Shell now supplying VLSFO for trials. Image Credit: Shell
Energy major Shell says it is now offering trials for its IMO2020 compliant very low sulphur fuel oil (VLSFO) in key ports to help customers prepare for the new sulfur cap.
"Working with our customers as they switch to VLSFO allows us both to build valuable expertise." said Melissa Williams, Global Sales & Marketing Manager for Marine Fuels.
"The partnership gives our customers' crews and engineers important experience with the fuels and we, as the supplier, are able to develop our operational handling guidelines. This ensures that our customers have all the information they need to transition smoothly come implementation day."
At SIBCON last October, Shell announced its VLSFO 0.50% sulfur product would be available at all four of the major bunkering hubs of Singapore, Fujairah, Rotterdam, and Houston.
Grahaeme Henderson, Head of Global Shipping & Maritime, Shell
Shell Shipping & Maritime has carried out a successful trial of the new fuel on one of our own vessels, the Silver Carolyn, in Singapore
Freeport, New Orleans, Antwerp, Barcelona, Piraeus, Danish Strait, Durban, Richards Bay and Mauritius will also carry the product.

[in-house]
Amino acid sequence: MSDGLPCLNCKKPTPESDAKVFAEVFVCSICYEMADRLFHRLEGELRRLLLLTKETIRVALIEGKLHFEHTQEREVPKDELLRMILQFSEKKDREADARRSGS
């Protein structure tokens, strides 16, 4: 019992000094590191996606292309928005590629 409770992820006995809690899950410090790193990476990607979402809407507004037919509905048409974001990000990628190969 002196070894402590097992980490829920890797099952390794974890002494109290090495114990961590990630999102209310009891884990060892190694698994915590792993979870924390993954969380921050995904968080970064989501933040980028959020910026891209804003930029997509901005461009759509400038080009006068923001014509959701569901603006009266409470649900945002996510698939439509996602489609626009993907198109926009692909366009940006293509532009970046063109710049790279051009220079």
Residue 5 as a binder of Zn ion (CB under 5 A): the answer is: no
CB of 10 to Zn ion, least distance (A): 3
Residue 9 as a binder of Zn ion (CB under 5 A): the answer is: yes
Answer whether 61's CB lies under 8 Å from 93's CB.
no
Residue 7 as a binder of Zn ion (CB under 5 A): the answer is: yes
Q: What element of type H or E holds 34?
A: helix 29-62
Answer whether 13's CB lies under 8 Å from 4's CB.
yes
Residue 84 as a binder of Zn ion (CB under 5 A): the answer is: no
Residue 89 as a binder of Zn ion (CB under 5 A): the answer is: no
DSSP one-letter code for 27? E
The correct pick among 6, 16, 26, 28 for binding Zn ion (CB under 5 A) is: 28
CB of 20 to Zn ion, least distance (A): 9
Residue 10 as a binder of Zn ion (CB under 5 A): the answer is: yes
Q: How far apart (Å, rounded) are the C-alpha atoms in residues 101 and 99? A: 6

"Alongside our Marine Fuels business, Shell Shipping & Maritime has carried out a successful trial of the new fuel on one of our own vessels, the Silver Carolyn, in Singapore," said Grahaeme Henderson, Head of Global Shipping & Maritime at Shell.
"The experience we gained from this trial and others, helps us be sure that the solutions Shell provides are what our customers and shipowners want. Working together like this, across the business, is central to how we are preparing for implementation and how we are helping our customers to be prepared too."
In all, Shell says it has already carried out 19 successful trials of the 0.5% sulphur fuel with shipowners at key ports globally.
Further trials are set to take place in New Orleans, Rotterdam, and Singapore.
"All trials have shown that with the correct preparation, the fuels performed well in the engine, crews were comfortable using them and changeovers between grades did not result in any extra workload for the engine crew," says Shell.
The new global 0.50% sulfur cap comes into force from January 1, 2020.